She is one of the 1000 women proposed for the Nobel Peace Price 2005.
Naseeb Mohammad Shaikh lost 11 members of the family she had married into, and 14 members of her parents’ families during the 2002 Gujarat riots. Since then, she has been a prime initiator of peace and communal harmony, leading the fight for rights for the minority communities in and around Gujarat’s Kalol region. At last count, she was fighting 37 cases of atrocities, including ones by the police. She comes from a well-off Muslim family of landowners.
Born in Delol village in Panchmahal, Gujarat, she married Mohammad-bhai of the same village in 1989. At the time of the Gujarat communal riots of 2002, she had a daughter of 13 and a son aged 11.
During the riots, 11 members of the family she married into, and 14 members of her parents’ families, were butchered, including her parents, her husband and her daughter, who was raped in front of her relatives before being killed. Naseeb escaped death only because she was in hospital undergoing a minor surgery. She was left with her son and ostracism from her village. She had to seek refuge in a rehabilitation colony in Kalol, which is where she has been since.
But unlike most refugees in the colony, Naseeb refused to let the magnitude of her loss overwhelm her into paralysis. Finding many widowed women and helpless children, she took it upon herself to help them. She started small, listening to their stories, taking them to hospital, filing papers for compensation, liaising with the relief agencies – she became pretty much a one-woman army as far as the refugees’ requirements were concerned … (1000peacewomen 1/2).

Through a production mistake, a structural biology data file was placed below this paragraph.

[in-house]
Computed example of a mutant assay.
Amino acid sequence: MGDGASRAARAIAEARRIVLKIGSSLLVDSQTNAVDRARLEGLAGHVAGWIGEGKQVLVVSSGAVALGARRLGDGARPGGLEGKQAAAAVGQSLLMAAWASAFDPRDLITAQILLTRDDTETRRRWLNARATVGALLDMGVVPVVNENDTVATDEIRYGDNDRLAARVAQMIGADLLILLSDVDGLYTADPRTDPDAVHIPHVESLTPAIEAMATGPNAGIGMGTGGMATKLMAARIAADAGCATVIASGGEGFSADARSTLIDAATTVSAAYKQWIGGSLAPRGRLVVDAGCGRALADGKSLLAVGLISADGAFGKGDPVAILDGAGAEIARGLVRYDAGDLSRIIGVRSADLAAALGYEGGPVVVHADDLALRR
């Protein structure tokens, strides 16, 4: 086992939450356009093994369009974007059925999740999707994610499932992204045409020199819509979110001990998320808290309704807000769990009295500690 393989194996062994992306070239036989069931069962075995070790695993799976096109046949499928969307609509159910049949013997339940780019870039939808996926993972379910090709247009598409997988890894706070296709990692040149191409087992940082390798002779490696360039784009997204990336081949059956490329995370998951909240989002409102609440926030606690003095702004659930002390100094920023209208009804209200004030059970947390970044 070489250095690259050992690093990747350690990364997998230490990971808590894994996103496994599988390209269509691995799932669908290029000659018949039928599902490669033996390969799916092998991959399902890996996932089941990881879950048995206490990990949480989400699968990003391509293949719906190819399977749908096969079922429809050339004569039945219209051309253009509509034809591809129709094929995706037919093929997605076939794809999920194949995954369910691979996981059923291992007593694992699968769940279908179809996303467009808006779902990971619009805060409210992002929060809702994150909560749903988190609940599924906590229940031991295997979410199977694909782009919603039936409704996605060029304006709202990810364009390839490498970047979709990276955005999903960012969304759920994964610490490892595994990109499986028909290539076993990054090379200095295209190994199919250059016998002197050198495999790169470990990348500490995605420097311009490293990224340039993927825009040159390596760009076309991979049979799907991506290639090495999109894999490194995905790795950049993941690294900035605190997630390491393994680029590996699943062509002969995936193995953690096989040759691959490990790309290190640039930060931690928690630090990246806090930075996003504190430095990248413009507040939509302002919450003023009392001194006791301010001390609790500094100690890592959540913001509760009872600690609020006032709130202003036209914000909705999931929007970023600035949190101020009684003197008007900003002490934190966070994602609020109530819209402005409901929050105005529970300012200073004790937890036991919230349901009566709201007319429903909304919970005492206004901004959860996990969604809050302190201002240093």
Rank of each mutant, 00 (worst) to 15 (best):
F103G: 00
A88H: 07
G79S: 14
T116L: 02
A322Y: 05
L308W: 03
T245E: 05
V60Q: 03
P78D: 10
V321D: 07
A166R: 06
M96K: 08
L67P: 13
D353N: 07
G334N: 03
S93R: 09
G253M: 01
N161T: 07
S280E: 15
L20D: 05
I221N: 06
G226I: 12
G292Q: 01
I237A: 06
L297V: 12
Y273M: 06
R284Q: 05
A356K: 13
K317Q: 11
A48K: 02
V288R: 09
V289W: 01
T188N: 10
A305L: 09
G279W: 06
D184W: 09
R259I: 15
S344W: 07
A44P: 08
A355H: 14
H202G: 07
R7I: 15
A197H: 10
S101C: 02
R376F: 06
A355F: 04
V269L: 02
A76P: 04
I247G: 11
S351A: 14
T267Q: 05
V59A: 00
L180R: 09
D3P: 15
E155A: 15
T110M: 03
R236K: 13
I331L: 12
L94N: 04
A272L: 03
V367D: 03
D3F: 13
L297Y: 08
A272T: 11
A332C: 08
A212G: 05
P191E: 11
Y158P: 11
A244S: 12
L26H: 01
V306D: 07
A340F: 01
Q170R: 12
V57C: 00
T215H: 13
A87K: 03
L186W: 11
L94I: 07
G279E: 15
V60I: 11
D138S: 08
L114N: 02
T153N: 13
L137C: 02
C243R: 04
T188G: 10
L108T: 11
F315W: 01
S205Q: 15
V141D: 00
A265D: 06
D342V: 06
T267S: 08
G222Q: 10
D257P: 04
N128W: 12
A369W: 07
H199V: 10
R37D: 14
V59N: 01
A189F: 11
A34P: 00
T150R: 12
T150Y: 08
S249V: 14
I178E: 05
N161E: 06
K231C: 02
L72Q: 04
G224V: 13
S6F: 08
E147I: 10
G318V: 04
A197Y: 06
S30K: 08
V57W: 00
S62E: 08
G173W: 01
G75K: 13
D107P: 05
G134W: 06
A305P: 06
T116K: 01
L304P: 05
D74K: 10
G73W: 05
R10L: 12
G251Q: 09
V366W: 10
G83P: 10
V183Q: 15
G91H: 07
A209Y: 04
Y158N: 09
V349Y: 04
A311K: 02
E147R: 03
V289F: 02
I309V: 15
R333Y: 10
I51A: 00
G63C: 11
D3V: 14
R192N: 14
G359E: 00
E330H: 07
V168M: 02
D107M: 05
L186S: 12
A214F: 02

Sorry, no downloadable photo found of Naseeb Mohammad Shaikh – India.
Naseeb Mohammad Shaikh did not allow her incalculable personal loss and grief to overwhelm her social conscience-if she lost her family to the 2002 Gujarat riots, so did thousands of others.
She works for Aman Samuday *.
(1000peacewomen 2/2): … After moving out of the rehabilitation colony with the help of local social workers, Naseeb shifted into a small house in Kalol with her son. There, she accepted a more substantial role as a social worker, becoming very active in highlighting legal cases and rehabilitation issues to various agencies and the media.
Soon after, Naseeb started work with SEWA. Naseeb was with the social organization for six months, during which time she traveled around the villages in the vicinity to work with riot-affected women and children. No constructive change in the lives of the people was possible for obvious reasons, and although Naseeb managed to make life easier for the people she met and interacted with, a limit soon imposed itself. In April 2003, she quit SEWA to join Aman Samuday, an organization trying to propel people towards peace and communal harmony through awareness. Naseeb fit neatly into the scheme of things.
She moved from village to village, spreading the message of peace, justice, communal harmony, and a common humanity. Her own experiences were the greatest example she placed in front of the affected: she plunged headlong into issues concerning the marginalized.
One of her first campaigns was against a local maulana, a Muslim cleric who ran a relief camp. The frisson began when the maulana was distributing handcarts to the affected, hoping that they would use the carts to start small businesses and become self-sufficient. When Naseeb approached the maulana for a cart, he abused her, charging her with conduct unbecoming of a Muslim widow. His position in the community ensured that he received more support than Naseeb did. She retaliated by mobilizing a small army of women to demand their rights.